The Citxw Nlaka’pamux Assembly (CNA) is offering a series of interactive storytelling sessions in an effort to raise awareness of First Nations languages, culture, and history. The sessions, held in person and via Zoom, are held weekly in collaboration with storytellers from all eight of CNA’s First Nations communities, as well as participants from across the country. 

Since its inception, the storytelling series has evolved to include more activities and is being hosted on a regular basis. Initially, the program was started as a way for individuals to connect with their communities and culture during the “lockdown” period of the COVID-19 pandemic. The series is organized and run by Lena Nicholson, n?e?kepmxcín program developer for CNA.

“In January of 2021, we started doing storytelling through Zoom as a way for people to stay connected when we were under the COVID regulations,” said Nicholson.

“We started doing storytelling online a couple times a month and it really picked up, a lot of different people started joining us from all over the country and reconnecting with their heritage. The goal of our program is to get more people learning n?e?kepmxcín and speaking it.”

While the agenda may vary, typical staples of a storytelling session include drumming, introductions, stories, and conversations. The number of speakers can vary, with a number of stories often sharing the spotlight and allowing attendees to immerse themselves in multiple cultures and traditions. CNA added that the program allows attendees to learn the oral history, stories, and language of First Nations.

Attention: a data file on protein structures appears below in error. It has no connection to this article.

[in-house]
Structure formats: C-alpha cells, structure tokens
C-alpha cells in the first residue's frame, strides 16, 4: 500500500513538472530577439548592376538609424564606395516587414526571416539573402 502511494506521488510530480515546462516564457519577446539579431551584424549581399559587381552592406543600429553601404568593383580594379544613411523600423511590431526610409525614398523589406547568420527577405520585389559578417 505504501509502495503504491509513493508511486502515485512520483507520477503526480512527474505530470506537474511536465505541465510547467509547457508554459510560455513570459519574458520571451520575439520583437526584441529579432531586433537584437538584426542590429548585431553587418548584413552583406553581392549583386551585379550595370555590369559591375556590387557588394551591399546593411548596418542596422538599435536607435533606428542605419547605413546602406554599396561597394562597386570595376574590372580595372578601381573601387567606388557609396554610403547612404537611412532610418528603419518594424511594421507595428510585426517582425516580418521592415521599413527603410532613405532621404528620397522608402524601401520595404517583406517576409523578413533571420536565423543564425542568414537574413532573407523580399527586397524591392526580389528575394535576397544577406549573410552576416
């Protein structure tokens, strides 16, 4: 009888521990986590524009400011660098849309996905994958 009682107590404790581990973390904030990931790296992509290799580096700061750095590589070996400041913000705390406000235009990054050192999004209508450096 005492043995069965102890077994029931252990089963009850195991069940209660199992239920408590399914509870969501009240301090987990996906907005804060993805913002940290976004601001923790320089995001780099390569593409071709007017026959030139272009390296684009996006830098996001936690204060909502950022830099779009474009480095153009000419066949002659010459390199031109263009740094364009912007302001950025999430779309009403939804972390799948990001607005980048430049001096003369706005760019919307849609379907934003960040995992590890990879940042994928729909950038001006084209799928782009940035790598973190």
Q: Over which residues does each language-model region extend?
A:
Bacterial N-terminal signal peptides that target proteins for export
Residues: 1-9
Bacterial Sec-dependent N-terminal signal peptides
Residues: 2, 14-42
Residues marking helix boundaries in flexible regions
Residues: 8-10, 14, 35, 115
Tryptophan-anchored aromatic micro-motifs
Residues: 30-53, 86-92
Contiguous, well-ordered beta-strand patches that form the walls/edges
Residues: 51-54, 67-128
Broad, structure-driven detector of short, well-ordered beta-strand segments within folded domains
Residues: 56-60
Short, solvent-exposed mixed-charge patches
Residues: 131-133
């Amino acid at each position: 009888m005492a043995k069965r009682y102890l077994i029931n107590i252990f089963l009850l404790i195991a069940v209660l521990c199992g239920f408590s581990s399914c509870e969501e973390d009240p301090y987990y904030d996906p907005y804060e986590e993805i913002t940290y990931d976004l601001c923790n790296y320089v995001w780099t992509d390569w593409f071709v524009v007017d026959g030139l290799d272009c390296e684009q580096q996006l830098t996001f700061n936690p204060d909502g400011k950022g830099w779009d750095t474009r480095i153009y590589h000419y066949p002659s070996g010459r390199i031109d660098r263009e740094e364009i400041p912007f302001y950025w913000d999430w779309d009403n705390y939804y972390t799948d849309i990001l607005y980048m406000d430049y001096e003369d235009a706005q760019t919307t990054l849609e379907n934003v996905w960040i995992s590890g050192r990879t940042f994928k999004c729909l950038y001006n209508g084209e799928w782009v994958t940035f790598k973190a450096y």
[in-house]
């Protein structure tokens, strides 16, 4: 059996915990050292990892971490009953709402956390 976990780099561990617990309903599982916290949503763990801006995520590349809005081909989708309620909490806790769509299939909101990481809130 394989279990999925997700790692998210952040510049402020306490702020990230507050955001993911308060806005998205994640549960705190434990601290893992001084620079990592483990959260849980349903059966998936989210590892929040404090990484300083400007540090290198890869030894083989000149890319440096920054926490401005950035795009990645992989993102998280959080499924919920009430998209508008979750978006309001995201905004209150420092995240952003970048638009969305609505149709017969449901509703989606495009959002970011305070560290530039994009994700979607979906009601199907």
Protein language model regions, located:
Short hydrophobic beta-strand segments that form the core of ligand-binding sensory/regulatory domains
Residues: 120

The storytelling series is now held weekly, and offered both online and in person since most COVID-19 health orders were lifted. It takes place at the CNA office on Granite Avenue, but events are often held in respective communities as well. The summer of 2022 saw CNA travel to a number of communities, hosting a language bingo and storytelling session. Nicholson said response has been positive, and the structure of the sessions have been popular.

“The sessions usually begin with people doing some self-introduction about who they are, where they come from, and who their family is. That’s our cultural practice. Then we have the storyteller who shares a story or two with the group, before we open it up to questions and comments,” added Nicholson. 

“It’s been very positive, people are eager for us to come back again. They really enjoyed the language bingo, and a lot of people love the storytelling part of it.”

Moving forward, Nicholson will continue to focus on programming that engages more people to learn and speak the n?e?kepmxcín language. She added that a number of storytelling events are being planned in addition to the weekly series, including a possible storytelling and language event at Spirit Square, which is adjacent to the organization’s downtown Merritt office.

“I think it’s a very important part of our identity. The language is very rich, and it ties people to the land and to their history. We talk about our relationship to the land and other teachings. There’s place names, stories about how land formations came to be,” said Nicholson.

For access to language resources, or to learn more about CNA’s weekly storytelling series, visit their website at